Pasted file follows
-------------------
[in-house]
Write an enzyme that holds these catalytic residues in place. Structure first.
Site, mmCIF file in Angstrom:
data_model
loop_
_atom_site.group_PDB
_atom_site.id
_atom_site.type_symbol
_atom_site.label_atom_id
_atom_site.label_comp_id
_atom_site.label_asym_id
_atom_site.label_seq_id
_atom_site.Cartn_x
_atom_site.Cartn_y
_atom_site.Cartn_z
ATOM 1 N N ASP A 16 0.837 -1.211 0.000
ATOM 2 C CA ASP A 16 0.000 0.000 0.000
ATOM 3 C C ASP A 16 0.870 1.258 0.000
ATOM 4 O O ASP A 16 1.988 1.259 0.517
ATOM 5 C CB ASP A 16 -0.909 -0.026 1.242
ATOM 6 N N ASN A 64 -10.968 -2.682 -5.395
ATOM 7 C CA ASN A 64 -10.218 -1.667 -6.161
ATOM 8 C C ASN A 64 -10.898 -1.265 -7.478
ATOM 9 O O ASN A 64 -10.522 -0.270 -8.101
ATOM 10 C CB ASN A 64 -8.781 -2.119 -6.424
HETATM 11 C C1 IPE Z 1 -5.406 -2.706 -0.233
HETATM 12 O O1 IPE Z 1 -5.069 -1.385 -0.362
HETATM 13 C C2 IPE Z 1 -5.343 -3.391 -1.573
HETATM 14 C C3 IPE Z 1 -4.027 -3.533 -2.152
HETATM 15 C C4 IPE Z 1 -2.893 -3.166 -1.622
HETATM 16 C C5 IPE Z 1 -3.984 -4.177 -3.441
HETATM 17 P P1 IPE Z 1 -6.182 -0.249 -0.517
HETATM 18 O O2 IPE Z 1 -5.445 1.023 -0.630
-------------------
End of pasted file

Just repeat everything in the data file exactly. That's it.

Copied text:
[in-house]
Write an enzyme that holds these catalytic residues in place. Structure first.
Site, mmCIF file in Angstrom:
data_model
loop_
_atom_site.group_PDB
_atom_site.id
_atom_site.type_symbol
_atom_site.label_atom_id
_atom_site.label_comp_id
_atom_site.label_asym_id
_atom_site.label_seq_id
_atom_site.Cartn_x
_atom_site.Cartn_y
_atom_site.Cartn_z
ATOM 1 N N ASP A 16 0.837 -1.211 0.000
ATOM 2 C CA ASP A 16 0.000 0.000 0.000
ATOM 3 C C ASP A 16 0.870 1.258 0.000
ATOM 4 O O ASP A 16 1.988 1.259 0.517
ATOM 5 C CB ASP A 16 -0.909 -0.026 1.242
ATOM 6 N N ASN A 64 -10.968 -2.682 -5.395
ATOM 7 C CA ASN A 64 -10.218 -1.667 -6.161
ATOM 8 C C ASN A 64 -10.898 -1.265 -7.478
ATOM 9 O O ASN A 64 -10.522 -0.270 -8.101
ATOM 10 C CB ASN A 64 -8.781 -2.119 -6.424
HETATM 11 C C1 IPE Z 1 -5.406 -2.706 -0.233
HETATM 12 O O1 IPE Z 1 -5.069 -1.385 -0.362
HETATM 13 C C2 IPE Z 1 -5.343 -3.391 -1.573
HETATM 14 C C3 IPE Z 1 -4.027 -3.533 -2.152
HETATM 15 C C4 IPE Z 1 -2.893 -3.166 -1.622
HETATM 16 C C5 IPE Z 1 -3.984 -4.177 -3.441
HETATM 17 P P1 IPE Z 1 -6.182 -0.249 -0.517
HETATM 18 O O2 IPE Z 1 -5.445 1.023 -0.630